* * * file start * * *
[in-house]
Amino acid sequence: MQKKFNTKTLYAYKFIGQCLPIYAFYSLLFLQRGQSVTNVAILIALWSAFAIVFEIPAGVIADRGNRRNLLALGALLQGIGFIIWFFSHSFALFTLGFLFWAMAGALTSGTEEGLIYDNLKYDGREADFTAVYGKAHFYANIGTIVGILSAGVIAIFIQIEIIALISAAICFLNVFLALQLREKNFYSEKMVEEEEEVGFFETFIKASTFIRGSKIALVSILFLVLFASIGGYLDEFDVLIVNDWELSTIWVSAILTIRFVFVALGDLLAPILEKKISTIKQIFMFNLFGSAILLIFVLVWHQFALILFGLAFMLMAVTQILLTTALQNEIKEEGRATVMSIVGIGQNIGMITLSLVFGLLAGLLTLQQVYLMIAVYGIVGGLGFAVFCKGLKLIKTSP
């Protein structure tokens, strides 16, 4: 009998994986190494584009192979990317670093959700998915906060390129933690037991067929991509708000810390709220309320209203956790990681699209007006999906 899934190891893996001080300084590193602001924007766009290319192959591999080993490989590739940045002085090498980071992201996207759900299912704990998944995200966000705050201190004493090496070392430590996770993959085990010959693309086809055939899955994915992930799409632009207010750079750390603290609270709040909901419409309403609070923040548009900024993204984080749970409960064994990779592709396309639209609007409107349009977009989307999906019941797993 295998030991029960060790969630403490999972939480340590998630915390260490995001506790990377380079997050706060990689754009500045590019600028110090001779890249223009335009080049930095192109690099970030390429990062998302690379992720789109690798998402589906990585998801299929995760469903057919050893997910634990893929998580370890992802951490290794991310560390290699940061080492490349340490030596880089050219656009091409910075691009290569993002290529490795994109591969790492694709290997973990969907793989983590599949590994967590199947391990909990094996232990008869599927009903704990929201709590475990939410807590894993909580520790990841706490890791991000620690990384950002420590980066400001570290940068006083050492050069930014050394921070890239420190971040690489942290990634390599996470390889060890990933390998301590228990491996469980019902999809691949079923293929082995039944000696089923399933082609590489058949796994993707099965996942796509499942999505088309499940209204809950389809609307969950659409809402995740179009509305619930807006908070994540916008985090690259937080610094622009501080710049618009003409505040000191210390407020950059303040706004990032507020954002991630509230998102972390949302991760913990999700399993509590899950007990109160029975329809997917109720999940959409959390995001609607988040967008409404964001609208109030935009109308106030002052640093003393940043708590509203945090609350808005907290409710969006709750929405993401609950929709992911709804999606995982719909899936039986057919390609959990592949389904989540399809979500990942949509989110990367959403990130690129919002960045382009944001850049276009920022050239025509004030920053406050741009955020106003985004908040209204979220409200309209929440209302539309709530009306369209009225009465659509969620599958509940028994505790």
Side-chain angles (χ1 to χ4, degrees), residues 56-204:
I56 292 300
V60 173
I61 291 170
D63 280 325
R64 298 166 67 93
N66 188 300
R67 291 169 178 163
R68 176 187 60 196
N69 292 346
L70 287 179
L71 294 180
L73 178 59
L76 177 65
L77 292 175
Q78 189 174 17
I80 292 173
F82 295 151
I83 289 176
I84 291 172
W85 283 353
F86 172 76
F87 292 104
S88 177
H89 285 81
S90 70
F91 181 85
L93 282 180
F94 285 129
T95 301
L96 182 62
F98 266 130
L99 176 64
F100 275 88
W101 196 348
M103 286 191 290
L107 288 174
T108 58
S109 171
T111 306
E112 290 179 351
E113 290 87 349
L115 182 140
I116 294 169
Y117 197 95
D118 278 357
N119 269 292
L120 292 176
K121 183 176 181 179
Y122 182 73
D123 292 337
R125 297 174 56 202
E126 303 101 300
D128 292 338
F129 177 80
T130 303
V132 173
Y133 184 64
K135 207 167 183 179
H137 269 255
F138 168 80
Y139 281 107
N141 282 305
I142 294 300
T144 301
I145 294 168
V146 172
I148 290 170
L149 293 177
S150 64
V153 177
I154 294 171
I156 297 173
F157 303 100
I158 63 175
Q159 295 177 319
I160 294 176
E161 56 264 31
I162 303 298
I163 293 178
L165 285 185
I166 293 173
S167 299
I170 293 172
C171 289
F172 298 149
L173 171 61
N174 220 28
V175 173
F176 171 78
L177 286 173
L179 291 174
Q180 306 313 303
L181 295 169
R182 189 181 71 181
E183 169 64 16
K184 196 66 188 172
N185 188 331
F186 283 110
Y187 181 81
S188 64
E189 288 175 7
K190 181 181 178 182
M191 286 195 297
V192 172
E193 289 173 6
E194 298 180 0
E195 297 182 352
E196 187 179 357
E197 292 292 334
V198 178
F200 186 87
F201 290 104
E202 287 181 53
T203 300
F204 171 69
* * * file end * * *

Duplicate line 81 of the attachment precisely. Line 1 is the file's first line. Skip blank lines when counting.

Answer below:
E161 56 264 31